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"October is the month of change in the garden and the garden center," by the Whistling Gardener

Of all the seasons of the year, fall is probably my most favorite and the month of October is when it all starts to happen (although this year one could argue that fall actually started in September).  The garden comes alive again in the fall and it shifts into high gear in October.
Chief Joseph. Photo courtesy of Sunnyside Nursery.

This weekly column is being reproduced with the permission of Steve Smith, The Whistling Gardener, and owner of Sunnyside Nursery in Marysville.

Of all the seasons of the year, fall is probably my most favorite and the month of October is when it all starts to happen (although this year one could argue that fall actually started in September).

There is a crispness in the air, new vibrant colors on the trees, fresh growth on our summer dormant lawns, mums and asters in full bloom, pumpkins and gourds everywhere (along with way too many spider webs and clogged up gutters), fresh rainfall, colorful berries, and of course pansies and violas.

The garden comes alive again in the fall and it shifts into high gear in October.

After the highly unseasonable rain and even frost that we have experienced recently, I have started to clean out my summer annuals and veggies in order to prep the ground for some fall color and hardy veggies, like garlic, broccoli, and shallots.

There is a certain catharsis in pulling out all those overgrown annuals and mildew ridden squash plants and plunging in a few spring blooming bulbs and some pansies over the top.

It’s a fresh look that will entertain me for the next six months and it always seems like a very good return for the effort it takes. Don’t forget that October is the month to plant your bulbs!

My containers get an overhaul as well. As much as I hate to part company with my eight feet tall red bananas, and equally as tall Egyptian papyrus, they just seem out of place on a cool, frosty morning - therefore it is time for them to head to the compost pile.

Canna lilies will be dug up, hosed off, divided, and then stored in 15 gallon nursery pots where they will be covered with damp newsprint and kept in a cool greenhouse where they won’t freeze. Cannas in the ground simply need to be mulched and they will be fine for the winter.

Papyrus and red bananas on the other hand will never make it through the winter, so just treat them as a summer love affair and give them the heave ho.

For the rest of my yard I mostly let it go to sleep naturally; leaving the perennials to set seed for the birds, blowing the leaves off my driveway and into the beds to supply nutrients and insulation, and after fertilizing the lawn with a balanced organic fertilizer, I mow it an inch higher than I did for the summer. Oh, I almost forgot! I also drain out the hoses and put away the patio furniture.

As for the garden center, there are also lots of changes that take place in October. For starters, many of the tired summer blooming shrubs and perennials are moved to the back where we hope to clear them out at half price. We call this our “Take Me Home Please” department and gardeners can find some great deals on tired plants that simply need a new home. Most nurseries have a clearance area where you can find some great bargains.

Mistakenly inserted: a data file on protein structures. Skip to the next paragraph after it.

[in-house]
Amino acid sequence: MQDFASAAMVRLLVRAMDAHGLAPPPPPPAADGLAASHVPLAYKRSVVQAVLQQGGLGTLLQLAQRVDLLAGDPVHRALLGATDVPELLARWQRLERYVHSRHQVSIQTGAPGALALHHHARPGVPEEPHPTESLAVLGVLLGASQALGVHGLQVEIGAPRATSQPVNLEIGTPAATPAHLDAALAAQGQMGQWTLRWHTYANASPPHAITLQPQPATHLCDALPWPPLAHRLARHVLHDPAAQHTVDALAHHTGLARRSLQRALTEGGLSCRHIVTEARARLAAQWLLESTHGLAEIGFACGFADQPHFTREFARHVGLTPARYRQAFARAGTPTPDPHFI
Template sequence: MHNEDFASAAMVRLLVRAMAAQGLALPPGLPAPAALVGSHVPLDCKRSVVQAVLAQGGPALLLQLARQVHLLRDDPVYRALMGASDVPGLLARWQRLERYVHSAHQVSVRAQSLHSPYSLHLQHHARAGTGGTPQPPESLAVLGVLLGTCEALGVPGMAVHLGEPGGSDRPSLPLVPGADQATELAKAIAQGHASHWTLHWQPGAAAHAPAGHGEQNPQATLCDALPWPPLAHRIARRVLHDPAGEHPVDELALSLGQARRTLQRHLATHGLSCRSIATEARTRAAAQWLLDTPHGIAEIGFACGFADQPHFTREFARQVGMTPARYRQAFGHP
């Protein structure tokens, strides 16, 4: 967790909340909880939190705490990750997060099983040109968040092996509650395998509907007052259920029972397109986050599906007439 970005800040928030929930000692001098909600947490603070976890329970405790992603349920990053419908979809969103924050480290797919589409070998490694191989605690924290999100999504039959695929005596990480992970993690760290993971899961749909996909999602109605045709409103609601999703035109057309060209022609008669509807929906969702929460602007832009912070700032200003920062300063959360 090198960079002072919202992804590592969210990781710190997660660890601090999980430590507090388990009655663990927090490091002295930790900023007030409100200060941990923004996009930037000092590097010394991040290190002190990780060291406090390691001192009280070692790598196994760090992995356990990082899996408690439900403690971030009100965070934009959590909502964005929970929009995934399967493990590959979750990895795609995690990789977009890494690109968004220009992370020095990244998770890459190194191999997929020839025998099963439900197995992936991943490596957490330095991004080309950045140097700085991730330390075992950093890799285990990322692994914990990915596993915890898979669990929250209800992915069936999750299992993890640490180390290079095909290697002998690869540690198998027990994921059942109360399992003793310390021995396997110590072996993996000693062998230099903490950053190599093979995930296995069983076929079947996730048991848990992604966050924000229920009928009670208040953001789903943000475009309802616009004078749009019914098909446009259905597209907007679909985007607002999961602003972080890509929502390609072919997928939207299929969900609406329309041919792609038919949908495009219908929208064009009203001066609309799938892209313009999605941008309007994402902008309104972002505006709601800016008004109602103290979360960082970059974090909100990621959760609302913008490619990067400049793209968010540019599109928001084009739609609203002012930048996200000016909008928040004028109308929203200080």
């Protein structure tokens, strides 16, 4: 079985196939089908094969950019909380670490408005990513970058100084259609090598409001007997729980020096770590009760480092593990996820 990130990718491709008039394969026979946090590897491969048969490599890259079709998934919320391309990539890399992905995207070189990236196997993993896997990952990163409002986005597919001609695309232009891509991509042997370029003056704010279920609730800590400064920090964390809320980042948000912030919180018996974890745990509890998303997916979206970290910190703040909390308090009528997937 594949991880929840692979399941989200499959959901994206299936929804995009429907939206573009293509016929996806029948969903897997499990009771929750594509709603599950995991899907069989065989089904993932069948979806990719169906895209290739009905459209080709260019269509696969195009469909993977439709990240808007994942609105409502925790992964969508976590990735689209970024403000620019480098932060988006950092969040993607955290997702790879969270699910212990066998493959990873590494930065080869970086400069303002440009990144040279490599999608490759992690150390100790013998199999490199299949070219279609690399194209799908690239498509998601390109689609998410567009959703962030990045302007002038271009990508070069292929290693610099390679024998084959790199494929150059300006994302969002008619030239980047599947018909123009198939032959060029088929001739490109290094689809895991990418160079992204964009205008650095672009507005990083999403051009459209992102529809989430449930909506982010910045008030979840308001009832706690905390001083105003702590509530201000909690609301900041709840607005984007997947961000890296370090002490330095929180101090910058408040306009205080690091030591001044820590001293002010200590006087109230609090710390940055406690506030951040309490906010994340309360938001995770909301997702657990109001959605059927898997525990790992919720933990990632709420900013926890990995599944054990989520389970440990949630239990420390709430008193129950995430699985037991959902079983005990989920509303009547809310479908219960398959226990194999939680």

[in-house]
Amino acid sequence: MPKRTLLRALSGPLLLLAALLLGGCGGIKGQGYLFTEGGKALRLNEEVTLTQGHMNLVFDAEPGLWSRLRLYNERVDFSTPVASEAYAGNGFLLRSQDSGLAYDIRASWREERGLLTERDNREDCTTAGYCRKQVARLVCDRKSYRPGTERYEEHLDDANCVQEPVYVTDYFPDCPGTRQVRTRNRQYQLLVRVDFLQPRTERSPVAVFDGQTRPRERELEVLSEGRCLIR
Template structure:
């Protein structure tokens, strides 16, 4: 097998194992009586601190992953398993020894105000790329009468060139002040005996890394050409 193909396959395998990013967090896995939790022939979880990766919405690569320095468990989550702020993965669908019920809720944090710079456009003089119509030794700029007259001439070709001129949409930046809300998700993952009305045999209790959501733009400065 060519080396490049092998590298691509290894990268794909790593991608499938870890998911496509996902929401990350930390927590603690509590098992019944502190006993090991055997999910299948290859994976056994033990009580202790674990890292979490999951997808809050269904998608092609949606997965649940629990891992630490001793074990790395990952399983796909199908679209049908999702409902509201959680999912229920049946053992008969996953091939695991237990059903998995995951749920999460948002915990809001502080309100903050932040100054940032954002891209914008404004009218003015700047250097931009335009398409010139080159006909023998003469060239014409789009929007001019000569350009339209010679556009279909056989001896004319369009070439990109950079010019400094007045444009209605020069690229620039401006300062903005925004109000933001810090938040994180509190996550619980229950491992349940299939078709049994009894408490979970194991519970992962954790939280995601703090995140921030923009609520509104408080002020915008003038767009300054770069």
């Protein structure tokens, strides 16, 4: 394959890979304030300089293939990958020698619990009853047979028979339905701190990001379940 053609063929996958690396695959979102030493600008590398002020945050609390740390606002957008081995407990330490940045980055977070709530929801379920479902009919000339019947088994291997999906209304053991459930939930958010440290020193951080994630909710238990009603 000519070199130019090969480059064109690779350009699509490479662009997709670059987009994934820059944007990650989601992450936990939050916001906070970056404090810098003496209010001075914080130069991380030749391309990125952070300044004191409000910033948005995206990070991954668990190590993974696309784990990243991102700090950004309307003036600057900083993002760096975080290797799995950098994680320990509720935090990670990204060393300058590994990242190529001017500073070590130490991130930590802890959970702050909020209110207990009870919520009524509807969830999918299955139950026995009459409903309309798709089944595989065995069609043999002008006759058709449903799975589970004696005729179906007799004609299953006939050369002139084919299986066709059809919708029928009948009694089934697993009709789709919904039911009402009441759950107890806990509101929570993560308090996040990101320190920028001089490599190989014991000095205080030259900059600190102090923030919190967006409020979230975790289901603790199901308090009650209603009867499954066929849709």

October is also when conifers and broadleaf evergreens, once again, take front stage with their coats of many colors. "Carsten’s Winter Gold" mugo pine is already showing its winter gold highlights as is the coveted "Chief Joseph" lodge pole pine. Conifers come in an array of winter colors from green to blue, yellow, orange, and plum.

The same can be said for several broadleaf evergreens, like Leucothoe and Nandina. These shrubs take on an incredible color change when the nights get cool, changing from plain boring green to shades of bronze and dazzling red. There are even some perennials, like Bergenia and Wintergreen, that sport a whole new personality during the dark and cool months of winter. Planting a few of these in containers is a great way to keep the garden interesting.

October also marks the reintroduction into the garden center of winter heather, rhodies, and camellias, all of which now have their buds set for spring and in the case of heather, are actually blooming with the start of some color that will persist for almost six months.

Pieris "Passion Frost” is another broadleaf evergreen shrub that is covered with buds in October that will finally open to blooms in February and March. Between Camellias, rhodies, and Pieris, I think the sight of these buds gives me so much hope and anticipation for the forthcoming spring that it makes the end of summer seem somewhat irrelevant.

October ushers in lots of changes for us gardeners and for garden centers. Take advantage of the scattered sunny days and embrace the change that this month offers us. You won’t be sorry you did.

Sunnyside will be hosting two free classes - "Fall Foliage & Winter Wonders" on Saturday, October 12th, 2019, at 10:00 am; and "Winter Wildlife" on Sunday, October 13th, at 11:00 am.  For more information visit www.sunnysidenursery.net/classes.

Steve Smith is the owner of Sunnyside Nursery in Marysville, WA and can be reached at info@sunnysidenursery.net.

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